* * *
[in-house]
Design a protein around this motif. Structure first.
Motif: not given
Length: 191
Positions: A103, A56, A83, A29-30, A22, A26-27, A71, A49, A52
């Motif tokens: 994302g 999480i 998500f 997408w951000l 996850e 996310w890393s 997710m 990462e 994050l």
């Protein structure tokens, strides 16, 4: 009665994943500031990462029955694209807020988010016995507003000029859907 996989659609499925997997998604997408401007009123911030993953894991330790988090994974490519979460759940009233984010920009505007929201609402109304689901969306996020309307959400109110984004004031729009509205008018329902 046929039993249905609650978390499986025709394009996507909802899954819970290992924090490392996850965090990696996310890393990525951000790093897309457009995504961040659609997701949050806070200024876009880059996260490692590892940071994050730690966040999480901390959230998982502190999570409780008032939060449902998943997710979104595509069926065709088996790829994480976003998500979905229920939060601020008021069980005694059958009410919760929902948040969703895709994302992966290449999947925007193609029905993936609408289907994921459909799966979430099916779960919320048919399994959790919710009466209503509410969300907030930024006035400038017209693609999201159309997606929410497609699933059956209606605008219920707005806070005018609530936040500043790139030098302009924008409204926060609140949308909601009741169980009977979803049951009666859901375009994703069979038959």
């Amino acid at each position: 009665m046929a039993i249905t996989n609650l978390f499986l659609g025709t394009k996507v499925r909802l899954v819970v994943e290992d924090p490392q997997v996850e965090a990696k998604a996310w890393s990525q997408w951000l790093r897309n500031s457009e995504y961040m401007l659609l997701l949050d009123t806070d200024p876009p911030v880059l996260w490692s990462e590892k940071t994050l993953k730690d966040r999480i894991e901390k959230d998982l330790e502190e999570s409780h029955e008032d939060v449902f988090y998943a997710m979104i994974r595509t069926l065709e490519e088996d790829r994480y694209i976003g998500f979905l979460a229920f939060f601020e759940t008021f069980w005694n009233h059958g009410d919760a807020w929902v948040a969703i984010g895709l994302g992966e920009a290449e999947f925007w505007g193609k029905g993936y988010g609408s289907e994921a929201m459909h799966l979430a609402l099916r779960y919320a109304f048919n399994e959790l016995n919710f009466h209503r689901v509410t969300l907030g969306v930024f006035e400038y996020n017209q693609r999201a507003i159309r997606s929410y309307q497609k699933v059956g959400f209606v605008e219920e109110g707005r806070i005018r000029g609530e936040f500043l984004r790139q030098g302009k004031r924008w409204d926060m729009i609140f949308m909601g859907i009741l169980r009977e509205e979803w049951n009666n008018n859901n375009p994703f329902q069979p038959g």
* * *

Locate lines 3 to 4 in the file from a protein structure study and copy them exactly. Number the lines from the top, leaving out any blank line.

Motif: not given
Length: 191